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Unboxing Packages: vm_service_client

Natalie Weizenbaum, on 17 May 2016
Three weeks ago, I wrote about the stream_channel package. Two weeks ago, I wrote about the json_rpc_2 package which is built on top of stream_channel. This week I’ll complete the trifecta by writing about the vm_service_client package, which uses json_rpc_2 in turn—and is a really cool package in its own right! One of the lesser-known corners of the Dart VM is its service protocol, but it’s one of its most powerful components. It uses JSON-RPC 2.0 over WebSockets to allow clients to connect to the VM, inspect its internal state, set breakpoints, and all sorts of neat stuff. If you’ve... read more

Back To Outer Space

Davy Mitchell, on 11 May 2016
You know that feeling when you dust down an old project and you remember how much fun it was to work on? That! I started a shoot-em-up late last year. Needed a bit of a tidy up as did my simplegamelib package but the first level of the game is playable right here! So take a coffee break a blast some aliens old-school style complete with programmer pixel art. For more serious game development in Dart, check out the impressive StageXL package. read more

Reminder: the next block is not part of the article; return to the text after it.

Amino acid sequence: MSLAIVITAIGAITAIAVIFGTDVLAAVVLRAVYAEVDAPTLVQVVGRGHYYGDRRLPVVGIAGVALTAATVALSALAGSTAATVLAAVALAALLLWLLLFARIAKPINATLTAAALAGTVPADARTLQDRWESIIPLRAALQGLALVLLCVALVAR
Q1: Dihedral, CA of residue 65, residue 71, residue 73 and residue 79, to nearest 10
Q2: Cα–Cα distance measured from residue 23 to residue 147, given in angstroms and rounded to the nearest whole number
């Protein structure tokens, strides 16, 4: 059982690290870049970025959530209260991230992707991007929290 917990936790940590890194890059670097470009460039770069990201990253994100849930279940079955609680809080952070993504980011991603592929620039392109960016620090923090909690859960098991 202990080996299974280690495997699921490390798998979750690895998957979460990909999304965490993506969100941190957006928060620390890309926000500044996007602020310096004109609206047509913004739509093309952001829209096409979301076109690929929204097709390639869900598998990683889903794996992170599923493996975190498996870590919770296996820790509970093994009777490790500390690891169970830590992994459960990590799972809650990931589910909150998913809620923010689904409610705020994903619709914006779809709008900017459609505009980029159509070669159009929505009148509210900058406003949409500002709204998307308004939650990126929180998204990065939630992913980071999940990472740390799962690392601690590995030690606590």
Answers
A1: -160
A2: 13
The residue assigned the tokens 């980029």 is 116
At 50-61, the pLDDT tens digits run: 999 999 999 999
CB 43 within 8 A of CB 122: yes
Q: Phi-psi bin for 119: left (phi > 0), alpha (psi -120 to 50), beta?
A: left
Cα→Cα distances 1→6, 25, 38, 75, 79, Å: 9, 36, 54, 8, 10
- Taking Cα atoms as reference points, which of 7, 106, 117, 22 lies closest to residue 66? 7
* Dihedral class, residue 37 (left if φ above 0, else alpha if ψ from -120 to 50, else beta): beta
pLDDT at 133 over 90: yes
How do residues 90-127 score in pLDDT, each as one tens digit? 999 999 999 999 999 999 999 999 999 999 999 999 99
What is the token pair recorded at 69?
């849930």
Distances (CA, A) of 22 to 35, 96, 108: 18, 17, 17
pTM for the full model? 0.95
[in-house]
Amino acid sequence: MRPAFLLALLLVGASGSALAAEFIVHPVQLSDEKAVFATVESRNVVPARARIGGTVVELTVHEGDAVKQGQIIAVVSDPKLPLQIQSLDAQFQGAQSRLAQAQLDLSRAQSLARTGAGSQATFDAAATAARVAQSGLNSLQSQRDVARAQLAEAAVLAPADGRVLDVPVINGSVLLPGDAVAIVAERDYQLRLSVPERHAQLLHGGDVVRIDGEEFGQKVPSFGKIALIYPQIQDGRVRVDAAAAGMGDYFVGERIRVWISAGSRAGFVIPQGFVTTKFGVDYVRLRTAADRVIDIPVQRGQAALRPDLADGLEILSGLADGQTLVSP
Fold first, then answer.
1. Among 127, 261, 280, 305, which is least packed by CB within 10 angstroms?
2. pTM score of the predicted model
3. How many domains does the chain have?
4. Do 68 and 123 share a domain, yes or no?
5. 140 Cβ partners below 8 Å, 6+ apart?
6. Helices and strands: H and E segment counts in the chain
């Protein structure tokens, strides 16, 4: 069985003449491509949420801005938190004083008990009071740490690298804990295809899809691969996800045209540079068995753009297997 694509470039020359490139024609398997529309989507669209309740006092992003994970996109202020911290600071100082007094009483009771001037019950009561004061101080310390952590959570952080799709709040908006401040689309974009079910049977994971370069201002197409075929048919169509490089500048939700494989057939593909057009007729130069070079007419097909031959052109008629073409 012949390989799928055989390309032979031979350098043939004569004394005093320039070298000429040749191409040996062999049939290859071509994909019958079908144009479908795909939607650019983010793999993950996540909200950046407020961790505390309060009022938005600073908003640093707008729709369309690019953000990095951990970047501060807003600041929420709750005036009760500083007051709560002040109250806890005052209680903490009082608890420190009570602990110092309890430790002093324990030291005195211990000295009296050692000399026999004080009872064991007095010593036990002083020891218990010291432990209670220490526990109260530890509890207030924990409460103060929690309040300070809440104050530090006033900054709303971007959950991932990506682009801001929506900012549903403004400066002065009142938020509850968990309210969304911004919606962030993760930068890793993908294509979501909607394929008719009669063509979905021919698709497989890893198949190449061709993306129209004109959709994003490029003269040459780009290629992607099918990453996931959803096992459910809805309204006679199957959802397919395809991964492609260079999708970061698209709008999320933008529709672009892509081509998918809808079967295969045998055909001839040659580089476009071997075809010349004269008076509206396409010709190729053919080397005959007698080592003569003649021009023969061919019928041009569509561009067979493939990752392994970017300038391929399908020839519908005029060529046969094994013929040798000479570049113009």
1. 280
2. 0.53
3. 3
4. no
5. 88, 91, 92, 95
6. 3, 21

Minecraft Screenshot Viewer Update

Davy Mitchell, on 07 May 2016
This little example was written over 3 years ago and needs a little fix (1 line) to run on more modern versions of Dart. The content type headers are now available as enums and ContentType.HTML prevents the page being served as plain text. Although it is 'Minecraft' you could easily adapt this for any sort of custom web server. For the full code see GitHub. read more

Unboxing Packages: json_rpc_2

Natalie Weizenbaum, on 04 May 2016
Last week I wrote about the stream_channel package for two-way communication, so this week it seemed natural to move to a package that uses it: json_rpc_2. This is an implementation of the JSON-RPC 2.0 specification, which is a popular protocol for providing structure and standardization to WebSocket APIs. Although it’s most commonly used with WebSockets, the protocol itself is explicitly independent of the underlying transport mechanism. This makes it a great fit for stream channels, which can be used to represent a two-way stream of JSON objects in a way that works with any underlying mechanism. Thanks to stream channels,... read more

A Web Status Panel On The Raspberry Pi - Part Two

Davy Mitchell, on 03 May 2016
In part one of this series, the status panel on details exposed via the dart:io package. To get more useful information we will look at running external commands and feeding them back to the web status panel. This version of the panel will be Linux (may work on a Mac!) only though could be easily modified for other platforms. The dart:io package has a useful command to execute a process with arguments and collect the results. This is unsurprisingly asychronous. I chose to wrap the command into a little helper: runCommand(String command, List args) async { ProcessResult results = await... read more